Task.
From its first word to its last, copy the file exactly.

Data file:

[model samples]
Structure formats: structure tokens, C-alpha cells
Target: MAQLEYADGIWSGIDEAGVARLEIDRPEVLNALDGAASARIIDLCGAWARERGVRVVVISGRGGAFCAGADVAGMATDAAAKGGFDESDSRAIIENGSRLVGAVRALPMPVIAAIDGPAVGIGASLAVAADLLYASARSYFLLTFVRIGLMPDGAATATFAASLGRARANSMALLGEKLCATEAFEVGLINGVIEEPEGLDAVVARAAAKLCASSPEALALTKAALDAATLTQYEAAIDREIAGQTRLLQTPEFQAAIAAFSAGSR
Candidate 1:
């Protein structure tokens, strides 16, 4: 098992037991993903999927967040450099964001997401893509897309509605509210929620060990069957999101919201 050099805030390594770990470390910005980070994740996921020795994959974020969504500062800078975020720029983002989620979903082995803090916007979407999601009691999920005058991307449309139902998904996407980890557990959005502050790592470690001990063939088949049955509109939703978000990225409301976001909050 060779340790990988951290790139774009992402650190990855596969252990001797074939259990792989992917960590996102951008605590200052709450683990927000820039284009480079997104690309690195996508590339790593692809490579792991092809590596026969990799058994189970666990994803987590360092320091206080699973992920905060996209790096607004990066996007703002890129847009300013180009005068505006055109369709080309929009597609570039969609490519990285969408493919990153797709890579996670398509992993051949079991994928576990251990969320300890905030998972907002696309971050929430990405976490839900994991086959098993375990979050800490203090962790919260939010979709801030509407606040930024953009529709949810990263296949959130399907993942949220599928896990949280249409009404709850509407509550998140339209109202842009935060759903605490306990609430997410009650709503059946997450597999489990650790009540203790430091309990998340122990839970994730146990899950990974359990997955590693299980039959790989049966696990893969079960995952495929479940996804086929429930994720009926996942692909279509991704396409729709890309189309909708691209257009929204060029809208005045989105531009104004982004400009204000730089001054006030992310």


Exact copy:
[model samples]
Structure formats: structure tokens, C-alpha cells
Target: MAQLEYADGIWSGIDEAGVARLEIDRPEVLNALDGAASARIIDLCGAWARERGVRVVVISGRGGAFCAGADVAGMATDAAAKGGFDESDSRAIIENGSRLVGAVRALPMPVIAAIDGPAVGIGASLAVAADLLYASARSYFLLTFVRIGLMPDGAATATFAASLGRARANSMALLGEKLCATEAFEVGLINGVIEEPEGLDAVVARAAAKLCASSPEALALTKAALDAATLTQYEAAIDREIAGQTRLLQTPEFQAAIAAFSAGSR
Candidate 1:
């Protein structure tokens, strides 16, 4: 098992037991993903999927967040450099964001997401893509897309509605509210929620060990069957999101919201 050099805030390594770990470390910005980070994740996921020795994959974020969504500062800078975020720029983002989620979903082995803090916007979407999601009691999920005058991307449309139902998904996407980890557990959005502050790592470690001990063939088949049955509109939703978000990225409301976001909050 060779340790990988951290790139774009992402650190990855596969252990001797074939259990792989992917960590996102951008605590200052709450683990927000820039284009480079997104690309690195996508590339790593692809490579792991092809590596026969990799058994189970666990994803987590360092320091206080699973992920905060996209790096607004990066996007703002890129847009300013180009005068505006055109369709080309929009597609570039969609490519990285969408493919990153797709890579996670398509992993051949079991994928576990251990969320300890905030998972907002696309971050929430990405976490839900994991086959098993375990979050800490203090962790919260939010979709801030509407606040930024953009529709949810990263296949959130399907993942949220599928896990949280249409009404709850509407509550998140339209109202842009935060759903605490306990609430997410009650709503059946997450597999489990650790009540203790430091309990998340122990839970994730146990899950990974359990997955590693299980039959790989049966696990893969079960995952495929479940996804086929429930994720009926996942692909279509991704396409729709890309189309909708691209257009929204060029809208005045989105531009104004982004400009204000730089001054006030992310």